A Morning star is a bullish three candle pattern that is formed at the bottom of a down move. The first candle in the morning star formation is a big bearish candle that clearly defines the down move. The second candle is a small candle, which is ideally a Doji candle. The third candle is a large bullish candle that closes near the top of the day.
The pattern signifies extreme selling as witnessed in the first candle, followed by a change of power as shown in the second candle and finally the bulls taking over and regaining lost ground.
An exact mirror image of a Morning Star is an Evening Star. This occurs near the top of a rally and is a three candle formation.
The first candle is a long bullish candle which is followed by a small candle which ideally should be a Doji candle.
The third candle is a long bearish candle that signals the end of the bull move. The formation signals the change in power from the rampaging bulls in the first candle that is stopped at the second candle with a change of power being witnessed in the small Doji candle. The third big bear candle betrays the winner and the possible move going forward.
The Hammer candlestick is formed when the opening high and closing price is most of the same level; It also has a longer down wick when compared to the upper wick after which the market raises due to the bullishness from buyers.
Shooting star (bearish pin):
The shooting star pattern is formed when the open and closing low prices are more or less the same prices where the candle forms a longer lower wick than the upper wick. It is the hammer pattern with seller dominance.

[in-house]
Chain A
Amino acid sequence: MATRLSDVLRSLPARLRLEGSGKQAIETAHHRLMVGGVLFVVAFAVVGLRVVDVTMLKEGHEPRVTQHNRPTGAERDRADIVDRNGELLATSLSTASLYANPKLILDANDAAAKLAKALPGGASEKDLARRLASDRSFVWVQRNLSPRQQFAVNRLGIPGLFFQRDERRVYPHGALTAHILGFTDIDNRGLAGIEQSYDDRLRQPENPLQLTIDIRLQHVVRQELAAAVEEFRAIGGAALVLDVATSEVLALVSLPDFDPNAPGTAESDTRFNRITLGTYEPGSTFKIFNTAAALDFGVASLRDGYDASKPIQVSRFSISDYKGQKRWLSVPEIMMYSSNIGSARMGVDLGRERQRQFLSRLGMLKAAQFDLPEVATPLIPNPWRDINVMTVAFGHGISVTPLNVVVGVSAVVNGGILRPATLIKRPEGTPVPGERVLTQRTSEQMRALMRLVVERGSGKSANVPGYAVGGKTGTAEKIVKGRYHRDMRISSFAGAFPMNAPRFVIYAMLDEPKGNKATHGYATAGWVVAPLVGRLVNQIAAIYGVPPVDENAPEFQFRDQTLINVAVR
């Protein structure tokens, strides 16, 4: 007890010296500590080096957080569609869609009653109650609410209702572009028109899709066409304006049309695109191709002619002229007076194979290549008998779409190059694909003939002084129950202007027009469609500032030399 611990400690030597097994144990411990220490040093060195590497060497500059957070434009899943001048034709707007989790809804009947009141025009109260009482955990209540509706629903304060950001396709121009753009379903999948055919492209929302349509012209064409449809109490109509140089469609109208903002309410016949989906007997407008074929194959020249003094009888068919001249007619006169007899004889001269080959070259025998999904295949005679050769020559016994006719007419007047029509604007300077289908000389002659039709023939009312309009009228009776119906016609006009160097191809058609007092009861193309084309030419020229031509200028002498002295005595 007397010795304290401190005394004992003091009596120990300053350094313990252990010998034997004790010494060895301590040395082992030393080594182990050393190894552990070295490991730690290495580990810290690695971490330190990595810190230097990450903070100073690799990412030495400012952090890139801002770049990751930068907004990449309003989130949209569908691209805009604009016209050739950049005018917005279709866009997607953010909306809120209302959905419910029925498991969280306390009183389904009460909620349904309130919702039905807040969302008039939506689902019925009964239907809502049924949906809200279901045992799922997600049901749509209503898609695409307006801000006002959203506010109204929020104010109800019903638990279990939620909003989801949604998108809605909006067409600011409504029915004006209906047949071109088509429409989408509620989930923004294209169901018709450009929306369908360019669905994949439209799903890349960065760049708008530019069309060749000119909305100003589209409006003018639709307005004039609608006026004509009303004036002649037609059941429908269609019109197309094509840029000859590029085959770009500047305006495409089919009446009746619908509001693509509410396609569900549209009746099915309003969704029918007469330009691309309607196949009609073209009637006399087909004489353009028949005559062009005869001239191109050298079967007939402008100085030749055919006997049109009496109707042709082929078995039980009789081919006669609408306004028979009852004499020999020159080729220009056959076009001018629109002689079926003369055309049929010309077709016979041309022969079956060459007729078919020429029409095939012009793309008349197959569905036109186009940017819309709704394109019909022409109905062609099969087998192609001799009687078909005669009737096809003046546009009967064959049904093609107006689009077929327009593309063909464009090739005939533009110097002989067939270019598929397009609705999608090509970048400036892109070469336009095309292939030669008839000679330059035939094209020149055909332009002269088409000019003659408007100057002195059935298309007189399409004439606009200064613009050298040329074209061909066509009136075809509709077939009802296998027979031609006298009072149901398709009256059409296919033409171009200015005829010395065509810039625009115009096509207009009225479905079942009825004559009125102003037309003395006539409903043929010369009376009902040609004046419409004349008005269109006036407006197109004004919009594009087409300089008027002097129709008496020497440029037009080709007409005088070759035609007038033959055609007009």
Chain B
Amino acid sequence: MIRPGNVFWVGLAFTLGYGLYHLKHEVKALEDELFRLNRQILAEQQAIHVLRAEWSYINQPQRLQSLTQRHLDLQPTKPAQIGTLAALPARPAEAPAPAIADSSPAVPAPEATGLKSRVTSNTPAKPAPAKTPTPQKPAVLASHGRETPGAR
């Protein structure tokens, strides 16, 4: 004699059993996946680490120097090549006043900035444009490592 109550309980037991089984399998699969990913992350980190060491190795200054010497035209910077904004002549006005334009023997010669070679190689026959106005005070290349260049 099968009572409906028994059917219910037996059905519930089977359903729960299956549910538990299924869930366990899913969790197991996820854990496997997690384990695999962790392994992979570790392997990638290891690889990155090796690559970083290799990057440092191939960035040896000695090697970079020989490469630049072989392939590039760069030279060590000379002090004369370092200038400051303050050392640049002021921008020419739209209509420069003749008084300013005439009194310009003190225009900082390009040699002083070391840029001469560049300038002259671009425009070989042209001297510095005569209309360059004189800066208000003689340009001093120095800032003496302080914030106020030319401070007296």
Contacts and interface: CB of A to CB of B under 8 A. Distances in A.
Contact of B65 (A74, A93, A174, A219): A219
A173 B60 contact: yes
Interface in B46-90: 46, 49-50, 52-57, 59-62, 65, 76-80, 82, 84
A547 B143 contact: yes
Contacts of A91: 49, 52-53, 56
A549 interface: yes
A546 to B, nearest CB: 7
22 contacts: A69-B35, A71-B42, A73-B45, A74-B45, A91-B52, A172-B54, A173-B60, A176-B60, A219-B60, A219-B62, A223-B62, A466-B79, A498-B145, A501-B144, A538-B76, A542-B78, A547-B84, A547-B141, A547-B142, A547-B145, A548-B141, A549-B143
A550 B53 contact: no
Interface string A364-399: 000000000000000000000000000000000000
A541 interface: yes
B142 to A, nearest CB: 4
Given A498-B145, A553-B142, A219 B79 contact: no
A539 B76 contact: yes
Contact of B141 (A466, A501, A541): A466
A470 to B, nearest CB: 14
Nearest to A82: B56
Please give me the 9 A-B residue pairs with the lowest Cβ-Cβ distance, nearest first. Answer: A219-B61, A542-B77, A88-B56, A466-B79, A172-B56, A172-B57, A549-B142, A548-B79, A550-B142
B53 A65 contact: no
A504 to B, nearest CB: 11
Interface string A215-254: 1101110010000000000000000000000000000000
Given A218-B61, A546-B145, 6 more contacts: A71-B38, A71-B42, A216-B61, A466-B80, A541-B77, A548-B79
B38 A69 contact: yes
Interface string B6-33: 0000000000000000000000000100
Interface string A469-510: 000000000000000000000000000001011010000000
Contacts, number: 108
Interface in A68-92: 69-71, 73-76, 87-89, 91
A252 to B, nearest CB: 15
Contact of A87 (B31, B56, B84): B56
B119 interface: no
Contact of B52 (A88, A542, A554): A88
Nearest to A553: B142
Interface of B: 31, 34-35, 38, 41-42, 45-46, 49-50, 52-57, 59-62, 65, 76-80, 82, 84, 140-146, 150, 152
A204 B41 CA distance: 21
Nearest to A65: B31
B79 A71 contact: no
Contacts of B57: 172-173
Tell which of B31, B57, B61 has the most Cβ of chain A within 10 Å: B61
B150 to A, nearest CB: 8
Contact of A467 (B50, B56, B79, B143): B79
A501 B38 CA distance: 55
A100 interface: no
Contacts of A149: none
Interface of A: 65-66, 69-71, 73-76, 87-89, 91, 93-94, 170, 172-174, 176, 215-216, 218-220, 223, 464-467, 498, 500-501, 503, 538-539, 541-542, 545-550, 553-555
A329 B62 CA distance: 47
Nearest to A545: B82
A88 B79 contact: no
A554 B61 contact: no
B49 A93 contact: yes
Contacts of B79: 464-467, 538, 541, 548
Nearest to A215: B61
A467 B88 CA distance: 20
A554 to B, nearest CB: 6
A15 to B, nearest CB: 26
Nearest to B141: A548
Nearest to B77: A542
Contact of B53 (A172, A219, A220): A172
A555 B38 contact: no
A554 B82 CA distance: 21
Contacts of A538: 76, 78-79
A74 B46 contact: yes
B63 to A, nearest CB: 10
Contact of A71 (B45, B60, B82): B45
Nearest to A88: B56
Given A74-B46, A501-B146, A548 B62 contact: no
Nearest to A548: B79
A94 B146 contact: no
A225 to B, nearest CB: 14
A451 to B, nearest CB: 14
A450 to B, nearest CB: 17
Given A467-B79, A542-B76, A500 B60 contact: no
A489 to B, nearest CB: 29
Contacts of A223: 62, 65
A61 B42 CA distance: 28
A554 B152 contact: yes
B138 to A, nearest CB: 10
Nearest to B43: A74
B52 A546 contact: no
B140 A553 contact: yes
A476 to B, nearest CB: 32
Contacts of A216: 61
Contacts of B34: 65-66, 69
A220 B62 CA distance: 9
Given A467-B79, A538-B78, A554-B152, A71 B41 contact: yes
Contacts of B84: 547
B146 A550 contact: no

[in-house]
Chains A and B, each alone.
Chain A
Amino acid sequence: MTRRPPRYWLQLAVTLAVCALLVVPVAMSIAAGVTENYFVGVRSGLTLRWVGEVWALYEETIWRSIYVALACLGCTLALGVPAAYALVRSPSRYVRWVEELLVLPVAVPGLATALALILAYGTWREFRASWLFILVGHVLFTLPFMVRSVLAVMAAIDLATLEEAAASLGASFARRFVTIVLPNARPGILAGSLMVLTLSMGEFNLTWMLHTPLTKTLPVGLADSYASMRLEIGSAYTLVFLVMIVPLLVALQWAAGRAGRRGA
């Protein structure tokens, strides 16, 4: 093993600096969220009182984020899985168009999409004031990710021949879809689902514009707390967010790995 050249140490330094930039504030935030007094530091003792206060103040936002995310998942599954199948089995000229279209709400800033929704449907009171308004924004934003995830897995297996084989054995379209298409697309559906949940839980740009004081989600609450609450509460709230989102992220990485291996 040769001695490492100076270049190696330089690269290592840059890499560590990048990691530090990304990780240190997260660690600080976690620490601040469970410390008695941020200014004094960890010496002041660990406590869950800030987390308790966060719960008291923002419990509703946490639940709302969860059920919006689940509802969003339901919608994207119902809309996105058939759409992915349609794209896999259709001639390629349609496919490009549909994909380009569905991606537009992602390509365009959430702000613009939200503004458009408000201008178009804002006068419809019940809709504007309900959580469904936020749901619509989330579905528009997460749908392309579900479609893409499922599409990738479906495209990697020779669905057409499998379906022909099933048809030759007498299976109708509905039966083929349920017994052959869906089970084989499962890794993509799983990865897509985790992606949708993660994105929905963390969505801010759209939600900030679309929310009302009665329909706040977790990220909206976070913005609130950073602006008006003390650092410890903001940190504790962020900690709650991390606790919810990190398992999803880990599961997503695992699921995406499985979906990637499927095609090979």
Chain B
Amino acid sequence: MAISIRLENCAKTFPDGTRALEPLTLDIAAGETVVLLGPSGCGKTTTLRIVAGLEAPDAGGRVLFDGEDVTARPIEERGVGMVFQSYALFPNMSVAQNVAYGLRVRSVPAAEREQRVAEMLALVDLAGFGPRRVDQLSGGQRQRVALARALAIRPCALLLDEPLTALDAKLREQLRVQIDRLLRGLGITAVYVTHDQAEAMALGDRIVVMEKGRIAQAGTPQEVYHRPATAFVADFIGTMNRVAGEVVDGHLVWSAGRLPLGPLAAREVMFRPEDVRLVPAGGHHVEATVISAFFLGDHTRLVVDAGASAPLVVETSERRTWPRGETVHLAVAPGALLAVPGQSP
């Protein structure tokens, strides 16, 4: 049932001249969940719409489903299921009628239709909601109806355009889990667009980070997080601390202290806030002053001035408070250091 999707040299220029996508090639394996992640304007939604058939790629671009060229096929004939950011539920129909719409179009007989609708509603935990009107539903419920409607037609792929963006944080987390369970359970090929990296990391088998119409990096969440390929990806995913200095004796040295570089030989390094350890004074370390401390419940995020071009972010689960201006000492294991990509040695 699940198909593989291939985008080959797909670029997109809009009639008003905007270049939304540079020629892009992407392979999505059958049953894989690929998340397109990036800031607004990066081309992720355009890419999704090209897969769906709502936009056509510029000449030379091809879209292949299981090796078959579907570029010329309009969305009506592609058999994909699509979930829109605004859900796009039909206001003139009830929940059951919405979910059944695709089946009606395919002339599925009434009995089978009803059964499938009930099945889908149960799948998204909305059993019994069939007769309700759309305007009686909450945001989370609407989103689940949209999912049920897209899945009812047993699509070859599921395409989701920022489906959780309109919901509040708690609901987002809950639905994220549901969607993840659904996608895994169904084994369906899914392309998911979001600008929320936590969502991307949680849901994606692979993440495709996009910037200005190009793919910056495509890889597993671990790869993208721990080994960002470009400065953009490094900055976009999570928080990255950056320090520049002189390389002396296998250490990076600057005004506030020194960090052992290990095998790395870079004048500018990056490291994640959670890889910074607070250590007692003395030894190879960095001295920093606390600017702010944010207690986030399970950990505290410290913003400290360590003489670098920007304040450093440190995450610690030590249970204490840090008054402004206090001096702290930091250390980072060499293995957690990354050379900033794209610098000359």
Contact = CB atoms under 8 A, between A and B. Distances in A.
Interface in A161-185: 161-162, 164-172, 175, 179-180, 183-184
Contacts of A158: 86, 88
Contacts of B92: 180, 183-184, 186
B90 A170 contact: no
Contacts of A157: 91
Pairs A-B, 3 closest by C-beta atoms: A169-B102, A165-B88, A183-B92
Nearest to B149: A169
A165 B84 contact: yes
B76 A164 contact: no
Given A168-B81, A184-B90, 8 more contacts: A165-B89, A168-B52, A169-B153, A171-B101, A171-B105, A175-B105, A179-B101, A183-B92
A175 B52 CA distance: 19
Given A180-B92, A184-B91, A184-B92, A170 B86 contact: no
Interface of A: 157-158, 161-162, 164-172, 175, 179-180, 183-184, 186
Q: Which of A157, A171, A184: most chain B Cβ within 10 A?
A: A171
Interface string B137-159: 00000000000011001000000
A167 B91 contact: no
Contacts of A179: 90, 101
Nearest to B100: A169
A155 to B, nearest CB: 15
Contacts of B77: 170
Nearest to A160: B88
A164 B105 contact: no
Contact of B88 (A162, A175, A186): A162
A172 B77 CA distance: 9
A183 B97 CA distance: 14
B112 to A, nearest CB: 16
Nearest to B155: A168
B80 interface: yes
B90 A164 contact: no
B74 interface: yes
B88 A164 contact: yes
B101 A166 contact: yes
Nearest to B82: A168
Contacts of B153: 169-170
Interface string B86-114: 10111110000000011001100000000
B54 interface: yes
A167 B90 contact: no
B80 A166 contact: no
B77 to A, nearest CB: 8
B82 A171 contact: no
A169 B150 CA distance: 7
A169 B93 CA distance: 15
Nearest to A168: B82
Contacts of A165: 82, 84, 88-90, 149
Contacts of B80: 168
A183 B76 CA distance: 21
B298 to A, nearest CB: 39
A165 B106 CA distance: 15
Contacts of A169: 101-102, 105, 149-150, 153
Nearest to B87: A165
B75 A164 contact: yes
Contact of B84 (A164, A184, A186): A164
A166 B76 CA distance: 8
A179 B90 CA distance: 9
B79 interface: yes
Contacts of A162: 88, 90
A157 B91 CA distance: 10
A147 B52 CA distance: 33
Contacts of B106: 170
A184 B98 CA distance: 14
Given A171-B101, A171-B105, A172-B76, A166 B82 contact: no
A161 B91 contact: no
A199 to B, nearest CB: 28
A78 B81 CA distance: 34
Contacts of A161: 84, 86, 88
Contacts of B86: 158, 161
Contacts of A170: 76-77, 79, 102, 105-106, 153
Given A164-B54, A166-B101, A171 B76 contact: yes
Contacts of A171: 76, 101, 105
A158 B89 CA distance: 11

Professional technicians say that the shadow would be two times the length of the body to exhibit strength.
Harami pattern (inside bar):
The harami pattern is considered to reverse the trend of the market when it occurs., and is of two types:
The first candle is larger than the second candle, it is called the mother and baby candle respectively. A dominant harami pattern has the second candle closing outside the prior candle. This acts as a reversal pattern at the top of the uptrend market and bullish on occurring at the bottom of the downtrend.
This is classified into two types:
- Bullish harami.
- Bearish harami.
In the above pattern, the first bullish harami pattern occurred at the bottom of a downtrend, sellers were pushing the market lower, suddenly price starts consolidating, and this indicates that the selling power is no longer in control of the market.
The bearish harami is the opposite of the bullish, this one occurred at the top of an uptrend indicating that buyer’s domination is over and the beginning of a downtrend is possible. When this pattern is created during an uptrend or a downtrend, it indicates a continuation signal with the direction of the market.
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Conclusion: Candlestick patterns for day trading
Thus, the candlesticks pattern acts as a tool to depict the performance of the current market and helps to analyze and predict the future market. This acts as a medium of representation and helps in understanding the market to maximize profit. This is one of the most preferred methods in technical analysis. These patterns along with appropriate price action and indicators help to have a better analysis of the market and give clarity on what, how, and when to trade to make the best use out of it.